New Dunkin’ Donuts Ad Is Creepy And Racist
A new Dunkin’ Donuts ad campaign is being accused of being racist by a human rights group. They say the ads pushing the new “charcoal donut” is both “bizarre and racist.” The ads are currently on display in Thailand in cities like Bangkok and feature a woman in blackface.
Why are some finding the new Dunkin Donuts ad to be so offensive? The poster-size ads feature a woman with bright pink lips, the rest of her skin covered in dark black makeup while holding the new charcoal donut. The blackfaced woman is also shown in TV ads, sporting a hairstyle from the 1950s and a slogan telling viewers to “break every rule of deliciousness.”
The question, then, is maybe not whether or not the ads are racist, but how did such the strange Dunkin’ Donuts ad get approval for public use? According to NBC News, Thailand’s Dunkin’ Donuts branch operates independently from their US counterpart. Apparently initial claims of racism were dismissed by the head of Thai operations, Nadim Salhani, as “paranoid American thinking.”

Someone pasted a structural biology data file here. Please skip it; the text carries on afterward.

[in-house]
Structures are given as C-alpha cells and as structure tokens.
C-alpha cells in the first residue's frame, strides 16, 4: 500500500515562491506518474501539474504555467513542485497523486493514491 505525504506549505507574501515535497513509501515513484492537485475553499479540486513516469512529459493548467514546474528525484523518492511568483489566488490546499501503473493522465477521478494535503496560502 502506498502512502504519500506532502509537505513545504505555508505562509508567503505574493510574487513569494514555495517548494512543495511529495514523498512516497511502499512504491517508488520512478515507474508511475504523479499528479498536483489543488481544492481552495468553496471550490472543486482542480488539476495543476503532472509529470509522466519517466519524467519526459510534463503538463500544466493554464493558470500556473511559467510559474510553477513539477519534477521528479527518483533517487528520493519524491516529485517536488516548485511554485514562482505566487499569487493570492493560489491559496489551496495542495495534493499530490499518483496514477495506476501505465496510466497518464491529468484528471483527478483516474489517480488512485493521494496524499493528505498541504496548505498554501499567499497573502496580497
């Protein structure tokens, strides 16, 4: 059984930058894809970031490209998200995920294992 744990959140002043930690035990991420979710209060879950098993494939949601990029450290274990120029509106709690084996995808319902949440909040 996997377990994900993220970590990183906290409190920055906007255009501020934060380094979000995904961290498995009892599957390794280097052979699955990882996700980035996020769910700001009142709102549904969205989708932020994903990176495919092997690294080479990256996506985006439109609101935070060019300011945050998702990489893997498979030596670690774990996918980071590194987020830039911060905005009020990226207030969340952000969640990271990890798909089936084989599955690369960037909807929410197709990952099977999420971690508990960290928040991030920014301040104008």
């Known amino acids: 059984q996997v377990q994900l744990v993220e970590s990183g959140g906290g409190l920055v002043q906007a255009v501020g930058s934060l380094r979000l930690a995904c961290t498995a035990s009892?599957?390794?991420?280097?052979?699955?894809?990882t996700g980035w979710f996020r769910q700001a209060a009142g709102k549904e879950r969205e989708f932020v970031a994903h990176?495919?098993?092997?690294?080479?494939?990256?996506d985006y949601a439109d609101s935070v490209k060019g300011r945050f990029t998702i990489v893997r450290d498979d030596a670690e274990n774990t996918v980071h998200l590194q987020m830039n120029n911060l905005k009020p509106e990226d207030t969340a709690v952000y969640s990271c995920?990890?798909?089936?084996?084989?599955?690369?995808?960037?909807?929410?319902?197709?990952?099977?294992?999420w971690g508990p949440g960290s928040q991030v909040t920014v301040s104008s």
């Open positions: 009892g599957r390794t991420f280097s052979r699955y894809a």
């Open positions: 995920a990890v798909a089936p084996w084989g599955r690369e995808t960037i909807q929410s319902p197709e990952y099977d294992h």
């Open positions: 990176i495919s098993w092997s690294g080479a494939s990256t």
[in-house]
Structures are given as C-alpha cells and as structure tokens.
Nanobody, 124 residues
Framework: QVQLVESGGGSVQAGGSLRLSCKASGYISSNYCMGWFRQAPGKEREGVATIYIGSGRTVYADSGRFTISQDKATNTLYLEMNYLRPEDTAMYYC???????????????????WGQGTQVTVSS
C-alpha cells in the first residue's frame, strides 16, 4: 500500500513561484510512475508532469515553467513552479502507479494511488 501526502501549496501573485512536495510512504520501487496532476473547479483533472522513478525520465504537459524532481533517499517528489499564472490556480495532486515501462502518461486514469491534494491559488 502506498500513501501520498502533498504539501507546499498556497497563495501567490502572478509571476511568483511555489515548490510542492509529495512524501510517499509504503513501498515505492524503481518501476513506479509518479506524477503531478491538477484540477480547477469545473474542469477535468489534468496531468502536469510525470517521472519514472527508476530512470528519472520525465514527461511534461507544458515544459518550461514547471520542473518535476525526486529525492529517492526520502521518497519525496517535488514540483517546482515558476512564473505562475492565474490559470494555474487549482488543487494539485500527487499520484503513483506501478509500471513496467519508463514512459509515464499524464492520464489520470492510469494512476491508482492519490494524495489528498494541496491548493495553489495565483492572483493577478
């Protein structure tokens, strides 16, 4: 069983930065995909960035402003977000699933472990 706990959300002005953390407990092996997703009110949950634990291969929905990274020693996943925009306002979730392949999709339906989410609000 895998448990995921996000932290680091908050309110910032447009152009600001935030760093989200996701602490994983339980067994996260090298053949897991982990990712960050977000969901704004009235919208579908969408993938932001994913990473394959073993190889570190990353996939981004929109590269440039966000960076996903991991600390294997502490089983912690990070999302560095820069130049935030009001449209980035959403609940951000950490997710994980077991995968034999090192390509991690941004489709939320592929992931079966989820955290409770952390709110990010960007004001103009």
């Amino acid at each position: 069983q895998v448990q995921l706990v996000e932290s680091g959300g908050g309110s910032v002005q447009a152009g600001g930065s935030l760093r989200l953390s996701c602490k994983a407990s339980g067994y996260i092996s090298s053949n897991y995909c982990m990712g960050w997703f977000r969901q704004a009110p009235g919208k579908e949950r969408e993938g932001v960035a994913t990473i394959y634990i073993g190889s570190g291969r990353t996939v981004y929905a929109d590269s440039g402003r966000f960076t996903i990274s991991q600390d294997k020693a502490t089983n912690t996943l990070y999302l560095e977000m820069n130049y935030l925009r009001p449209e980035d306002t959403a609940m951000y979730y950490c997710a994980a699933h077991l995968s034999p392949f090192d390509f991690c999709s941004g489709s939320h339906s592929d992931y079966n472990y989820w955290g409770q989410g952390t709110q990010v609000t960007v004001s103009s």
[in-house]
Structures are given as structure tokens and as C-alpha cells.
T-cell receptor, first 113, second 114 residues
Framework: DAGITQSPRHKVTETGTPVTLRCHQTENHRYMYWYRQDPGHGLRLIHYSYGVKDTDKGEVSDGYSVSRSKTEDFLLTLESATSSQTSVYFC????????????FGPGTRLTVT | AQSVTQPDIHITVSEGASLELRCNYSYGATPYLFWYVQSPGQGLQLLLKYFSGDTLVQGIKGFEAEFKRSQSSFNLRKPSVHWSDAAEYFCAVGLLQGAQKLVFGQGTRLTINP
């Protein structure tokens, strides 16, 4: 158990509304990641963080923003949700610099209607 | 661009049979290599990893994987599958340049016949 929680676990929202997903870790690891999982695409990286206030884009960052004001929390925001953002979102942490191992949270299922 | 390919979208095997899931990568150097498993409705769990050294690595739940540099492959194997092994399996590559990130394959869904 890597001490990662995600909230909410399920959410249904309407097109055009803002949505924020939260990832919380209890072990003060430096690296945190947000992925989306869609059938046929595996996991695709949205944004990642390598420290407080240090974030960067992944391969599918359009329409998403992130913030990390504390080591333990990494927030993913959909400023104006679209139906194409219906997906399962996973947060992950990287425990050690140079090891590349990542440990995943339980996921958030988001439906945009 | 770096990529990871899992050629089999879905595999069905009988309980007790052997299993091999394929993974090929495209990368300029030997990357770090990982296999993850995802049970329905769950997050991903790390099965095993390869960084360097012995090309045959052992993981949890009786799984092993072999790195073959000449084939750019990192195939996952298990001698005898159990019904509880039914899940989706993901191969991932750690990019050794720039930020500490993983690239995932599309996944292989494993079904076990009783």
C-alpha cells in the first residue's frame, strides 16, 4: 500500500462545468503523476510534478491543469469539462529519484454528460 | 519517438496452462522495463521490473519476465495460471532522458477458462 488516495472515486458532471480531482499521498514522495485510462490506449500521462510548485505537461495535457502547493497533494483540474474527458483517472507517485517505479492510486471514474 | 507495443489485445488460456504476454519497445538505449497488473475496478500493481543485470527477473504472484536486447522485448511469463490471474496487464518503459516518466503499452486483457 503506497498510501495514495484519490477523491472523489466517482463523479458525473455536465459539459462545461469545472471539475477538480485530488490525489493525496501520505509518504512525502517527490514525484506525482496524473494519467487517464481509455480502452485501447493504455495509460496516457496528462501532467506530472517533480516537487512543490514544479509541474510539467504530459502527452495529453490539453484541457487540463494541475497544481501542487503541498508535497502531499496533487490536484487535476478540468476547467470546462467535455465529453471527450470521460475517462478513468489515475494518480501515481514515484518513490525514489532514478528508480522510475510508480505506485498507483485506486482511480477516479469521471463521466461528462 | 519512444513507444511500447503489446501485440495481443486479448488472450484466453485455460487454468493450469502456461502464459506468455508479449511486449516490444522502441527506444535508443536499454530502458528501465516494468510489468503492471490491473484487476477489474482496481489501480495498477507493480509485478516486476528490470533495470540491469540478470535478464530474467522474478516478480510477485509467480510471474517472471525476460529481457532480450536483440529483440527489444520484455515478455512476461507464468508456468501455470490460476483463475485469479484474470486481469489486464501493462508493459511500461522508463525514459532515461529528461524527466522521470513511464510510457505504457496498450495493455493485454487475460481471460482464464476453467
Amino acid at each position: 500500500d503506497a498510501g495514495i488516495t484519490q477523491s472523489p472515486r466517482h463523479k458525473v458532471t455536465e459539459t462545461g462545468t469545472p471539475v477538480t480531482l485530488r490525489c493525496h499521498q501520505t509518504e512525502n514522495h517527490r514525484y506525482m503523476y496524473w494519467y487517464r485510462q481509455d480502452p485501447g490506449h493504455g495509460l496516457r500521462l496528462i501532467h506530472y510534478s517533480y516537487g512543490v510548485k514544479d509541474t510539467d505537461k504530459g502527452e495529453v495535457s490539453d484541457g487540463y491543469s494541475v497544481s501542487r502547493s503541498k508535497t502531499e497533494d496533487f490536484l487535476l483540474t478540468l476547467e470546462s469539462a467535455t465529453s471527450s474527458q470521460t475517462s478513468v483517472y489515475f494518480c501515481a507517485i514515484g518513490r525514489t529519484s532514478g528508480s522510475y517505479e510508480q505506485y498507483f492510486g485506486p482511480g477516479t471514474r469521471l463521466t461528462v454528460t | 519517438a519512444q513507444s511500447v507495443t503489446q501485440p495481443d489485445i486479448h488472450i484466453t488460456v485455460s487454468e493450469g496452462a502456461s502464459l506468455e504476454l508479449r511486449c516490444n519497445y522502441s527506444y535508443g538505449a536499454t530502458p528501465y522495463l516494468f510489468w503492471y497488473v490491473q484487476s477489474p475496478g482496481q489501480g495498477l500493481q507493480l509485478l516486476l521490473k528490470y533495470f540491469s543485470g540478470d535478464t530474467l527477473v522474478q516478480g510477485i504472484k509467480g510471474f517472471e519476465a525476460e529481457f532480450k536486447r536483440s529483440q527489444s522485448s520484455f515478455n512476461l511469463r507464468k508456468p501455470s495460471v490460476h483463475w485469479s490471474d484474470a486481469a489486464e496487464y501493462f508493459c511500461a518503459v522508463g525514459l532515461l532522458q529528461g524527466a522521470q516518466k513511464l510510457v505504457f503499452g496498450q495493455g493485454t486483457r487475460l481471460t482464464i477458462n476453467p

The LA Times says Salhani believes these claims of racism to be “absolutely ridiculous.” He said, “We’re not allowed to use black to promote our doughnuts? I don’t get it. What’s the big fuss?” Apparently the ad campaign features Salhani’s daughter, the actress covered in black makeup.
Apparently Human Rights Watch does not agree with Salhani. In a public statement, the international rights group said that they were puzzled by the release of advertisements which would be met with outrage in the US. However, after mounting pressure to remove the offensive advertisements, Dunkin’ Donuts’ US branch officially apologized to the public. They say they are doing everything they can to get their Thai branch to get rid of the racist ads.
Thailand has become known in recent times for use of rather blatantly racist advertisements, ranging from Hitler-branded shirts to a cleaning product brand known as “Black Man.”
What do you think? Are these clearly racist ads meant to be malicious? Or are these recent Dunkin’ Donut ads the result of careless, but not forgivable, racism — possibly even a strange cultural misunderstanding?